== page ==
Living in NYC / Thoughts

When I visited New York City for the first time…

– Is this a hotel address?

– So, as I mentioned earlier, it’s an apartment address.

I had already explained to the immigration agent that the address on the form was referring to an apartment in Jersey City, where my boyfriend was already staying for a few days. Maybe my answer sounded outrageous, but when he asked me the same question a second time, it was really the only – and most spontaneous – answer I could give. Make no mistake, I said it with a smile on my face. Today I understand that maybe he was trying to catch me in contradiction, after all, we know that immigration agents are trained to be like that, right? Anyway, he let me go, I grabbed my luggage and headed to the arrivals area.

August 16, 2013. It was the day I visited the United States for the first time.

Unlike a lot of people, I didn’t grow up dreaming about visiting Disney, nor did I imagine myself walking on the streets of New York City. Yes, I’ve watched all the classic movies and the TV series. But I just didn’t have this latent desire to visit the country. The truth is, I didn’t choose to visit New York, it just happened. I didn’t plan it, it wasn’t in my dreams or on my bucket list. My boyfriend came to work for a few weeks and invited me. I didn’t have to pay for a hotel and I had a job that allowed me some flexibility,  so I thought, why not? Funny to think how such a big change in my life started in such a casual, unusual, and totally unexpected way.

I still remember all the people at the airport lounge and not seeing Thiago’s face in the middle of that small crowd after looking for a while. He had arrived 10 days earlier and would be waiting for me at the airport. I confess that I freaked out a little bit when I didn’t find him, but, you know, Brazilians always find Brazilians and I soon got help. A girl with balloons approached me asking where I was coming from – she was expecting a visit from her boyfriend, who was on the same flight as mine. I realized she was Brazilian and she ended up lending me her phone. I called Thiago and he was on his way, late. He took the Path, subway, and Airtrain to get to JFK, since he was staying, as I said, in Jersey City.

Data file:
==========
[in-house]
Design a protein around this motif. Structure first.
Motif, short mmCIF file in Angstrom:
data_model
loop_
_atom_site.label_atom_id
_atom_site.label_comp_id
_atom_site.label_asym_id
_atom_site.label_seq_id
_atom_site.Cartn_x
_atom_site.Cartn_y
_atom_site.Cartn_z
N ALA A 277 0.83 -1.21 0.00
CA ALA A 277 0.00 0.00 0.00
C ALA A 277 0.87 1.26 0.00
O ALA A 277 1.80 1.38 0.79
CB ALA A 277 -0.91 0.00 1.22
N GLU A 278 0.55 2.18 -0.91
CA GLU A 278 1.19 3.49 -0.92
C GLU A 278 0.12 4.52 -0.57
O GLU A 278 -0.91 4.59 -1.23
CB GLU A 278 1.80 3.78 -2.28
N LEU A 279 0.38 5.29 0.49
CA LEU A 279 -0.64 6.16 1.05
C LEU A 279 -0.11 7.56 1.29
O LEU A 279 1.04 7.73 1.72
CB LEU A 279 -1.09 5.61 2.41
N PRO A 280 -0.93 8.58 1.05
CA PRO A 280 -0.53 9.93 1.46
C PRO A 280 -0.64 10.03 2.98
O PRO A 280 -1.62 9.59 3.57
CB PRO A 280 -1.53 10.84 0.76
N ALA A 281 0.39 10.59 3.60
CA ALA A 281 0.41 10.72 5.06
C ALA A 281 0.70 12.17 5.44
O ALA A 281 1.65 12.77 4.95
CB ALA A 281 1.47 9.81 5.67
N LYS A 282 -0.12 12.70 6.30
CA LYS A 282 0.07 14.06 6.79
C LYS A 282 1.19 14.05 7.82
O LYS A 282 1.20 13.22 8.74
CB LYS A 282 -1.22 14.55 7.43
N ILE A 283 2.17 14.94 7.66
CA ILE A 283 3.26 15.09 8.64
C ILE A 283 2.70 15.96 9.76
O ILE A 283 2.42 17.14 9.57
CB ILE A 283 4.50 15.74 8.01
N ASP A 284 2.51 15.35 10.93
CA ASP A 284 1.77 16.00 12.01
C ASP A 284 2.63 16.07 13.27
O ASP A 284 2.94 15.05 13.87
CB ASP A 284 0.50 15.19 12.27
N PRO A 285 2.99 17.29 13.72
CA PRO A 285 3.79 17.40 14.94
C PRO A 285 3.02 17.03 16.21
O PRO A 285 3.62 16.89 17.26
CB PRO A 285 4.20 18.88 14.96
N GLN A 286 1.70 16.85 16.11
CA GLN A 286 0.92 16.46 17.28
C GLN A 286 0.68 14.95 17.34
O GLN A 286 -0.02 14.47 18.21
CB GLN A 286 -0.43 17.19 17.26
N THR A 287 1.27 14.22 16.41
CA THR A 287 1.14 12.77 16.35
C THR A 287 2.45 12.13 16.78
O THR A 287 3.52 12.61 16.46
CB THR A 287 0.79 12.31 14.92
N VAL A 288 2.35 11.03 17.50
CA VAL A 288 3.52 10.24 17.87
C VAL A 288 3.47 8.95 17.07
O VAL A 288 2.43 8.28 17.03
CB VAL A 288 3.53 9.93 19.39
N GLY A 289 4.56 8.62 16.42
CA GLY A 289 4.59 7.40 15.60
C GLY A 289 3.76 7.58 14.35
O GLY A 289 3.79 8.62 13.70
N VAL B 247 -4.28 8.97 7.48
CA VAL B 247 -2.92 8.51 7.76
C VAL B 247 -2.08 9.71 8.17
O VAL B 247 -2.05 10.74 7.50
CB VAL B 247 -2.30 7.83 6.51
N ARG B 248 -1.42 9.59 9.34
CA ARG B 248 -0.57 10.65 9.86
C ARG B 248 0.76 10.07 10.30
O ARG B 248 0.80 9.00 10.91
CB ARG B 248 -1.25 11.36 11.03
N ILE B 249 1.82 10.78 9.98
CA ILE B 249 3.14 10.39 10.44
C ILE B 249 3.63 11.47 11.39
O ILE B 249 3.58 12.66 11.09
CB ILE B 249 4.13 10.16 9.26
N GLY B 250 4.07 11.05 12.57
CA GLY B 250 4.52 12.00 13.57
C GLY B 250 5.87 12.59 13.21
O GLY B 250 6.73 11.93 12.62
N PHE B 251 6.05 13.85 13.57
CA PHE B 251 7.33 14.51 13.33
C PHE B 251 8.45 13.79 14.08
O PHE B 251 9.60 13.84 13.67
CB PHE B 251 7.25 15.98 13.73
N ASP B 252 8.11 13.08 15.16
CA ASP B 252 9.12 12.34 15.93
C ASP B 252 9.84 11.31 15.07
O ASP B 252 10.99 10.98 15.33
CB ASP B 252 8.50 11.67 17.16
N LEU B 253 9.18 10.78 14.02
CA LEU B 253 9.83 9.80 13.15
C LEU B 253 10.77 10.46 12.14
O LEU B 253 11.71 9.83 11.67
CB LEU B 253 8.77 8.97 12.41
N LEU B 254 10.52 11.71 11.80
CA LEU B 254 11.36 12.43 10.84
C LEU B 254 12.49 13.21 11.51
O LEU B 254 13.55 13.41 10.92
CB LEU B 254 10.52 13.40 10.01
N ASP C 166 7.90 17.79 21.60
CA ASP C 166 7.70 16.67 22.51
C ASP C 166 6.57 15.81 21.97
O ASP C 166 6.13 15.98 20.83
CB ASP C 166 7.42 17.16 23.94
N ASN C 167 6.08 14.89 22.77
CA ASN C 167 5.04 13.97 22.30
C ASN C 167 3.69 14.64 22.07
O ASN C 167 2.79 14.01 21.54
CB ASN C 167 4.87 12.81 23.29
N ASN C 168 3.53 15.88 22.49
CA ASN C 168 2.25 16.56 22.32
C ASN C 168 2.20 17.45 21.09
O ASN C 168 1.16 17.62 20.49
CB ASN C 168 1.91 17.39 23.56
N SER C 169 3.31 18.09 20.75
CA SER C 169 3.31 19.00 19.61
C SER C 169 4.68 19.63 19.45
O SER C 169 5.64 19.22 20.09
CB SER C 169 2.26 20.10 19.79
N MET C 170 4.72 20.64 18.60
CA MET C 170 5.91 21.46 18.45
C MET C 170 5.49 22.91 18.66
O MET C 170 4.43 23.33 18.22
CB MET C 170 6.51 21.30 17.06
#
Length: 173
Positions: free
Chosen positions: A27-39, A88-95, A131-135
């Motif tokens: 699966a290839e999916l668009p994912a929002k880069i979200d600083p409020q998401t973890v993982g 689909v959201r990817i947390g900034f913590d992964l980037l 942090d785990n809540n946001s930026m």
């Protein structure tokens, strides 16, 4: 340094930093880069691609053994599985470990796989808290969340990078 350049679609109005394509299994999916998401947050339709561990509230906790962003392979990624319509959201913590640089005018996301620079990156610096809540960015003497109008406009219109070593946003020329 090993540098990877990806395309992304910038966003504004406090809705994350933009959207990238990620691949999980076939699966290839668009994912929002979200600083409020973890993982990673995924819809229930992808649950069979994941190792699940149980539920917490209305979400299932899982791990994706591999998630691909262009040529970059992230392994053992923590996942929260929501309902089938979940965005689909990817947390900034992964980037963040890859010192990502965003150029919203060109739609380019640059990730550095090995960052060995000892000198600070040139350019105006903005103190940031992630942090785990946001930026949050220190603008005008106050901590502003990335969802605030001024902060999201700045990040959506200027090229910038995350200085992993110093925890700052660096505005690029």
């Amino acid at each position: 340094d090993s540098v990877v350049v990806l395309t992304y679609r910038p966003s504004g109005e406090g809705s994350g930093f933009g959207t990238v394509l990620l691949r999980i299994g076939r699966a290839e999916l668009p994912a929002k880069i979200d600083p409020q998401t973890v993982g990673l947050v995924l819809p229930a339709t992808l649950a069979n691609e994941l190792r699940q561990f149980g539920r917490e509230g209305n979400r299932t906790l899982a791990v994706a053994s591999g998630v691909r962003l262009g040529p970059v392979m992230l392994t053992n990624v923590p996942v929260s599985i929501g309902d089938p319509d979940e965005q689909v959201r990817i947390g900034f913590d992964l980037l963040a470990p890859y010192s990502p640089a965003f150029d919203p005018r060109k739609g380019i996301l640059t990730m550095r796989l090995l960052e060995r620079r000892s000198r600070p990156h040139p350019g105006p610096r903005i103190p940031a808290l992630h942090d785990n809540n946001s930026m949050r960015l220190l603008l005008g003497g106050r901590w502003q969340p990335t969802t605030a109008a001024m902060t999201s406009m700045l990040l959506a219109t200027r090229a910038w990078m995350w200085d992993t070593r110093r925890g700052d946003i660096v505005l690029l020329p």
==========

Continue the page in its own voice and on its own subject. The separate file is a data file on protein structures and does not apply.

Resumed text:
We took the exact same route back and I still remember the feeling I had when I first saw the city for the first time, officially. We arrived at Penn Station and exited on Eighth Avenue to walk to the Path station, I saw the yellow cabs in the middle of that crowd and I thought: I’m in New York. It was the first photo I took in the city, from those times when Instagram was more spontaneous, there were no stories or Snapchat, and we were happy with the app’s filters. When we arrived in Jersey City, at one of the highest floors of that corporate apartment building, I saw the city skyline from the window. Looking a little farther to the side, small but recognizable, was the Statue of Liberty. I had that feeling for the second time. Yeah, I was in New York.

Those 10 following days were incredible. It was summer, it was hot, the days were long. I spent most of those days by myself, as Thiago was working. On the two weekends we had together during my period in the city, we did a lot together, but on other days I was on my own. We walked through Central Park, we saw the city from the Empire State Building and from the Top of the Rock, I got frustrated with the view of the Staten Island Ferry and then couldn’t hide my smile as I came face to face with Lady Liberty on our Water Taxi ride. I bought my first Mac lipstick, fulfilled my dream of beauty maniac, and visited dozens of drugstores, as well as Forever 21 stores. I tried different foods, stopped by Times Square a few times, went to see Carrie’s apartment, asked for several strangers to take my photos, lay on the grass in High Line Park, got lost on the subway just once, got anxious in restaurant lines because I didn’t know what to order, I tested my English levels all the time, and visited Brooklyn Bridge while remembering Miranda and Steve’s scene in Sex and the City. I didn’t have an itinerary, I just had a small list of places I wanted to visit and I had no idea of ​​the size of the city, the meaning of Uptown or Downtown, nor did I measure the size of Brooklyn – and maybe I didn’t even know about the existence of Queens and The Bronx. But I did it. I explored a city as a child who explores unknown places, I had no set times and I felt so happy to see myself doing decently in a city so big and that can be intimidating for so many people. But not for me.